Siti added that these trades involved 20% of the areas that should have been allocated for local communities.
Given the number of investigations already done into the project, and with the minister’s own acknowledgement of its maladministration, Mufthi said there’s no reason for the ministry to not take further action.
“The case has been ongoing since 2014, and if the ministry is being proactive, then the case shouldn’t lie dormant like this,” he said. “It’s clear that the permits issued in Papua were used as land banking, and there’s a regulation that bans people from selling permits that have been issued. And yet, trading of shares continue to happen, just like the Tanah Merah case.”
To follow up on the Tanah Merah case and address the loopholes that have allowed it to happen in the first place, the ministry doesn’t have to wait for recommendations from local governments, Mufthi said.
“Because not all officials in Papua understand these processes,” he said. “So not all [actions] have to be based on local governments’ recommendations.”
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To protect forests for which conversion permits have already been issued after the moratorium expires at the end of this year, the government should impose a blanket ban on the clearance of all natural forests, regardless of whether permits have been issued or not, said Dedy from Auriga.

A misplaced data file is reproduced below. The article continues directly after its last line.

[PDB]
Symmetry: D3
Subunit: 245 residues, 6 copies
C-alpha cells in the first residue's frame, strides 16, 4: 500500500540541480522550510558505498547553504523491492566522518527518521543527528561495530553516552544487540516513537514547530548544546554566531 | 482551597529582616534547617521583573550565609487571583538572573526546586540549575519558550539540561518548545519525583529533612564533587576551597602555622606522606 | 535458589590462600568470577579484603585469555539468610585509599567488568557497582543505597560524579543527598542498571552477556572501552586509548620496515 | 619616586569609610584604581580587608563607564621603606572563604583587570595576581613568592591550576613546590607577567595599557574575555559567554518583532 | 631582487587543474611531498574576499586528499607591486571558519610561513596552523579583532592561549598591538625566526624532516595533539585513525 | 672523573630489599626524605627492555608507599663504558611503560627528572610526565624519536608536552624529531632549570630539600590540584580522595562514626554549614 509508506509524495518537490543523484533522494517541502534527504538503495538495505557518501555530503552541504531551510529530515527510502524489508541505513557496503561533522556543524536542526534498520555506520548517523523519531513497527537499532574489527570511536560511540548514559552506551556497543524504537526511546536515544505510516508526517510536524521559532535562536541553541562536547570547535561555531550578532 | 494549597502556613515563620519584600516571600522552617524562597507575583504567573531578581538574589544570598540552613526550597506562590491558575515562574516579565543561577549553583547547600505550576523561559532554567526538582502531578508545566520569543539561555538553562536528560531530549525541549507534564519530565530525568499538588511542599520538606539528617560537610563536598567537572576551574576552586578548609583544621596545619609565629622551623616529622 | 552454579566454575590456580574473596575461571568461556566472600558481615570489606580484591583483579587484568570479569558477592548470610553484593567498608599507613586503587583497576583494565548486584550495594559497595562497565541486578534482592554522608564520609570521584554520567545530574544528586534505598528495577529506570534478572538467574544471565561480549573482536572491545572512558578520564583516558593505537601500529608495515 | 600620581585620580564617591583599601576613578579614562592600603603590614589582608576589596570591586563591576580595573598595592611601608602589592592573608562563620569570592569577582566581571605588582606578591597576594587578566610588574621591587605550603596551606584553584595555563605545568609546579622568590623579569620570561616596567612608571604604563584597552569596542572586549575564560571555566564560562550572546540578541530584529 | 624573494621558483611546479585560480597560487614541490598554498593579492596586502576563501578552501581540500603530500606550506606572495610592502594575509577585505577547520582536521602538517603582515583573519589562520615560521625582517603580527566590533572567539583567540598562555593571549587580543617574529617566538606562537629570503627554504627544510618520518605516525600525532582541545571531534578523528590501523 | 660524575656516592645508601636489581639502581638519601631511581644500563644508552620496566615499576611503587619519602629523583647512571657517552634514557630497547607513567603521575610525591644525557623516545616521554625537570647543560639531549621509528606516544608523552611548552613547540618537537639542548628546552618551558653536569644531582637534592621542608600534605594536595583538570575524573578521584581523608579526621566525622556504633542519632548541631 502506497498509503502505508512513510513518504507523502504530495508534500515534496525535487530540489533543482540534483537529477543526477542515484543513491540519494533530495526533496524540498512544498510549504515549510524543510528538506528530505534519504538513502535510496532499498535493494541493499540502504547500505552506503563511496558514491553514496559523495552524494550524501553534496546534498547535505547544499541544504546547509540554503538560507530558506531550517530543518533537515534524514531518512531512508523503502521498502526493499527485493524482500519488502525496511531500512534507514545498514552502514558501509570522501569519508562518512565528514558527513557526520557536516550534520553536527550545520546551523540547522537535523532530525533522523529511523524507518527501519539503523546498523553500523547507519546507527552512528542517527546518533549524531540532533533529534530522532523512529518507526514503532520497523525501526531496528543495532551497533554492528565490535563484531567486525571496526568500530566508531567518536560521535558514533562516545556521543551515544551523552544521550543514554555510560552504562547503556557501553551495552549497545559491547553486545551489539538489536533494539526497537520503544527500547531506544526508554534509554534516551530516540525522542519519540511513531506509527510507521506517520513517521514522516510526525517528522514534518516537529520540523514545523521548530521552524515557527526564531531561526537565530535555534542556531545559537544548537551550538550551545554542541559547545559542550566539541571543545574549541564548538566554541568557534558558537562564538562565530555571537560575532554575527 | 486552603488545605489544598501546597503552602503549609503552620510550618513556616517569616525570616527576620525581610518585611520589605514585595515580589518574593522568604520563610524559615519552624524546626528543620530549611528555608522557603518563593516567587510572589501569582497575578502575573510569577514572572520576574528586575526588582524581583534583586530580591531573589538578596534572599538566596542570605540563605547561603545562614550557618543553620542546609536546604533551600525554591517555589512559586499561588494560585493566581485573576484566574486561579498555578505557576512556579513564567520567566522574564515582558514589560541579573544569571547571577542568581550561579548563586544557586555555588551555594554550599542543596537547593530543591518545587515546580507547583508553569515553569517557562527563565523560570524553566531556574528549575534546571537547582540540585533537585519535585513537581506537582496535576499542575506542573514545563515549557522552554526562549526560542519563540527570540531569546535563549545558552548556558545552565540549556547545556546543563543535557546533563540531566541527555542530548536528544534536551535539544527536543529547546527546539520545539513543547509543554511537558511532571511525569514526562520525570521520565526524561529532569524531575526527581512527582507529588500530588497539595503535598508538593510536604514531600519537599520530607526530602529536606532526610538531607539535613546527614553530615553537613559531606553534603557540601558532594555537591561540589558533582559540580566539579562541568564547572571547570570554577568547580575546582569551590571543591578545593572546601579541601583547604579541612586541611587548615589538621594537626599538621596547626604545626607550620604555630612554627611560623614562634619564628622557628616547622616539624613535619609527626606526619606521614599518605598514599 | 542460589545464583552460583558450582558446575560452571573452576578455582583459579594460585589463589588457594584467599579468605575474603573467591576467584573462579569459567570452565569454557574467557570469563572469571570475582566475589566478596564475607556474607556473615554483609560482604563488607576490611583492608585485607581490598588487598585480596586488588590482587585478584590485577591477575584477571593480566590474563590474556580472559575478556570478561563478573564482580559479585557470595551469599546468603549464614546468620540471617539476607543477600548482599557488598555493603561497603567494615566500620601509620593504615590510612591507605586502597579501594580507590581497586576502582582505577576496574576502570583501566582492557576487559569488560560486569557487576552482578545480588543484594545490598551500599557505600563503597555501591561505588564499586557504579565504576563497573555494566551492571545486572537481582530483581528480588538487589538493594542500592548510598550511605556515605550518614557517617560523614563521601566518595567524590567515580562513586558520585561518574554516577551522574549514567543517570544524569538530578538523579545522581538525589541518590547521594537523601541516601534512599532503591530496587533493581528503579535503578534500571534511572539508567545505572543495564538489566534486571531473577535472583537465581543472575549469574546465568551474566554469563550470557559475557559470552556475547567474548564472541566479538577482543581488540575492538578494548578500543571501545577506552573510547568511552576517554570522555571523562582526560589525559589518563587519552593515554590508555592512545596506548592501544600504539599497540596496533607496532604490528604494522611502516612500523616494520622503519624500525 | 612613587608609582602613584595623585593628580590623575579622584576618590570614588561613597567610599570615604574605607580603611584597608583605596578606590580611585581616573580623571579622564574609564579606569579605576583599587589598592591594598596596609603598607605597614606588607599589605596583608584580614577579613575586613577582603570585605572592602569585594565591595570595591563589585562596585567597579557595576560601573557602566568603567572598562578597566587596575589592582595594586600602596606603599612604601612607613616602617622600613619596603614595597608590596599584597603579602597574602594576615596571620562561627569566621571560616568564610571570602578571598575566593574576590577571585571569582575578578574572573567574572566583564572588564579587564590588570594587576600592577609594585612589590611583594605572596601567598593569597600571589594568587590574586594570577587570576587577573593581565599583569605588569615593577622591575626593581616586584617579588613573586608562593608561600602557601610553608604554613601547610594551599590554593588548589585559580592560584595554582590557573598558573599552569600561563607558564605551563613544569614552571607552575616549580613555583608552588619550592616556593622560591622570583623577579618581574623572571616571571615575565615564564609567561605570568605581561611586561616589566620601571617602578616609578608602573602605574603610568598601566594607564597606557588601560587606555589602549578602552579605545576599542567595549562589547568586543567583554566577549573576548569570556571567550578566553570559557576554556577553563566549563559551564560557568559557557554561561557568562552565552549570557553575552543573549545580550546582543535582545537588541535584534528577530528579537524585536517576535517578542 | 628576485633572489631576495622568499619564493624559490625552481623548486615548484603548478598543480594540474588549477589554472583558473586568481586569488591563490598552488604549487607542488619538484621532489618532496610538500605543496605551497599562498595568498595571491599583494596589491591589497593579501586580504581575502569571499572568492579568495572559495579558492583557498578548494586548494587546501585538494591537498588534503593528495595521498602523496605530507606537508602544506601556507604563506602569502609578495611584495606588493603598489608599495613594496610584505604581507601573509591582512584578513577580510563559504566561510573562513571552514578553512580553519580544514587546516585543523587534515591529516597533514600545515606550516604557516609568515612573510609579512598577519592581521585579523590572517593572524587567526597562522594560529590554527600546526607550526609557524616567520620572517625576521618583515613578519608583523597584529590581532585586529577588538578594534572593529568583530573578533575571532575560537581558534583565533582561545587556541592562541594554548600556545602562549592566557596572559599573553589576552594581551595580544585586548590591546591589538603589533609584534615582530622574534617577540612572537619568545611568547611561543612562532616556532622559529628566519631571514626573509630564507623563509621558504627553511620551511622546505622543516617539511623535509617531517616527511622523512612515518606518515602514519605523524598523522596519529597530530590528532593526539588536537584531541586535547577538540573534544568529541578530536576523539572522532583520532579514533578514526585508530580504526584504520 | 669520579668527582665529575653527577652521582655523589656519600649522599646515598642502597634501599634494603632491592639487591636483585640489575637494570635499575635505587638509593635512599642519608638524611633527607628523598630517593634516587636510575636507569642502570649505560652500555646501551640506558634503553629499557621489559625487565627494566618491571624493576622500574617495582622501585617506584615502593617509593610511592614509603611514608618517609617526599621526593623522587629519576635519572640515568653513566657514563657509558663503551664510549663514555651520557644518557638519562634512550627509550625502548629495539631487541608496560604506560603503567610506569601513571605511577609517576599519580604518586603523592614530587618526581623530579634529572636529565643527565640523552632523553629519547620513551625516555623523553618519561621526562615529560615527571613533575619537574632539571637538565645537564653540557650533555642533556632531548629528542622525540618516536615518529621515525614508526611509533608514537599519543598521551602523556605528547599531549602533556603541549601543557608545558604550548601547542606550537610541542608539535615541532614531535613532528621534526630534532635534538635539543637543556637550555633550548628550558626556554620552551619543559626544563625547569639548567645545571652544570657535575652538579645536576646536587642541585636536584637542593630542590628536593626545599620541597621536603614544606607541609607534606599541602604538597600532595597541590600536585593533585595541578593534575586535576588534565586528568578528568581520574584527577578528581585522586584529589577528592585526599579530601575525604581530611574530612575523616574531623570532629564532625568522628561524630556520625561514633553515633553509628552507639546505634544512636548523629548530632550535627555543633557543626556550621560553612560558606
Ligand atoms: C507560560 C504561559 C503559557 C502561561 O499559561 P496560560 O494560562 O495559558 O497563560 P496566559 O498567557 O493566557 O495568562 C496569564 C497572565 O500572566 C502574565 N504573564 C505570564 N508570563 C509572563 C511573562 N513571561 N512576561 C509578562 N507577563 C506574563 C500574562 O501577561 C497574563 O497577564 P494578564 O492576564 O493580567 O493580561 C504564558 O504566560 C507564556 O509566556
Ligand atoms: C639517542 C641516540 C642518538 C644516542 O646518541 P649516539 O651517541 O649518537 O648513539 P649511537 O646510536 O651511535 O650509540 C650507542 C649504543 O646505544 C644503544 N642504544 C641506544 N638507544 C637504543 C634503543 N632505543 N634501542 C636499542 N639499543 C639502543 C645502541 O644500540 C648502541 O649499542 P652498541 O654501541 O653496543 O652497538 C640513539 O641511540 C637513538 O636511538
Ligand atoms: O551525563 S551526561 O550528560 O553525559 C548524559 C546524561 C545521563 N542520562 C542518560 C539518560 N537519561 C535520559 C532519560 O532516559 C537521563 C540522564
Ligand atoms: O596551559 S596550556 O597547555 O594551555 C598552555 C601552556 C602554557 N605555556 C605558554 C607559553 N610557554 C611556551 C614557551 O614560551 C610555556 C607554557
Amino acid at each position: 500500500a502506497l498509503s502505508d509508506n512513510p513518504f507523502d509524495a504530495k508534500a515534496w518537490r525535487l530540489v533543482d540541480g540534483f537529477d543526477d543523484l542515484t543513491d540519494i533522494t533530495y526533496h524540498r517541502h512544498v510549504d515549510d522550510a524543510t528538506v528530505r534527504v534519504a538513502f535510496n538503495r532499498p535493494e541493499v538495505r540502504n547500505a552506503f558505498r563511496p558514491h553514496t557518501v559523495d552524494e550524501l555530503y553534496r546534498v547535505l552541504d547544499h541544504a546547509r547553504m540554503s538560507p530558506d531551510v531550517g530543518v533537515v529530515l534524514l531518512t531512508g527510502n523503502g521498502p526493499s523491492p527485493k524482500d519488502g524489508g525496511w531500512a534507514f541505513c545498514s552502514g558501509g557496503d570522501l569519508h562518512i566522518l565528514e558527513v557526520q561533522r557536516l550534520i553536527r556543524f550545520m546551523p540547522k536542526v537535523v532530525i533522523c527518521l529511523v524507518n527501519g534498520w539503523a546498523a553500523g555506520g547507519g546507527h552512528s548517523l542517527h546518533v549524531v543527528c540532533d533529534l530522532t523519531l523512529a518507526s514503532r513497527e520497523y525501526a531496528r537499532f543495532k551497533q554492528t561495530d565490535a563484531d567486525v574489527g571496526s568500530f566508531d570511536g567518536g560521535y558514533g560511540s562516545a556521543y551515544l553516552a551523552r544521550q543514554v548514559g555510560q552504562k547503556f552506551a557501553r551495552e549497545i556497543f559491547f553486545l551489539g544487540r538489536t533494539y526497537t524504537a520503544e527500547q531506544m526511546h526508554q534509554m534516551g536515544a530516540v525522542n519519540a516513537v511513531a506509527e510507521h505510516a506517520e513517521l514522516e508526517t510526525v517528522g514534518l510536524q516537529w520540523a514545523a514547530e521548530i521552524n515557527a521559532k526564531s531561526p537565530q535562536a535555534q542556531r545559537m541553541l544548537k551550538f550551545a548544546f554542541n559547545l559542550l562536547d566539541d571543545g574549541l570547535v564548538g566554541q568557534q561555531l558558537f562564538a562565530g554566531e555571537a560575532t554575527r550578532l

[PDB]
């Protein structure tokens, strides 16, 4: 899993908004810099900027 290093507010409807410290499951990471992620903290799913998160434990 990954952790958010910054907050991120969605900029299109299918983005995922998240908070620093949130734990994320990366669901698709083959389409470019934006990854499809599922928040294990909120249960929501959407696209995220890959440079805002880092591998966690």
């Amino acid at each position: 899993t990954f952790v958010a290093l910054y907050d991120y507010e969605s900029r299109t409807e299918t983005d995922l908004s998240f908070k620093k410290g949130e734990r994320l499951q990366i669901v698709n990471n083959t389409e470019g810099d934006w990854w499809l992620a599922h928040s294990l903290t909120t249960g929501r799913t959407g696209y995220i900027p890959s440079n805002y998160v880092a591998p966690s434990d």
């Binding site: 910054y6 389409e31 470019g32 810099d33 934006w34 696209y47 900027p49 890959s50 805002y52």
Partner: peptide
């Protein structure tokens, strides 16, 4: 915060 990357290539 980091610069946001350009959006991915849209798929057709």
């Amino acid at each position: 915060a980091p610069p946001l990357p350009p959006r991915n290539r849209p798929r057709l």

The government in 2011 did issue a moratorium on clearing primary forests and peatlands, which was made permanent in 2019. But it doesn’t cover secondary forests, defines as those where there has been some degree of human activity, but which also host a large proportion of Indonesia’s remaining natural forests, with high levels of biodiversity and tree cover.
An analysis by the environmental NGO Madani shows there are at least 9.5 million hectares (23.5 million acres) of natural forests that aren’t covered by the moratorium, of which only 1 million hectares (2.5 million acres) consist of primary forests that were licensed out before the moratorium came into force.
“[To] protect remaining natural forests in Papua, including the ones in concessions, the moratorium has to include all natural forests in Indonesia, not only in Papua,” Dedy said.
The forestry ministry said it had identified natural forests with high conservation value (HCV) and high carbon stock (HCS) in Papua in an effort to protect them. According to the ministry, these areas may be classified as conservation forests in the future, which would protect them from deforestation.
Belinda Arunarwati Margono, the ministry’s director of forest resource monitoring, acknowledged that there are secondary forests that are nearly as pristine as primary forests. But she said it’s not possible, due to “technical difficulties,” to include them in the moratorium.
“Our technology is not accurate enough to separate different types of secondary forests, whether they’re in good, medium or bad [conditions],” Belinda said last year. “We’re busy finding methodology and testing to separate secondary forests. We also want to include secondary forests that are still in good condition in the moratorium map, but we can’t do that yet.”
Featured image by: Flickr
This article was originally published on Mongabay, written by Hans Nicholas Jong, and is republished here as part of an editorial partnership with Earth.Org.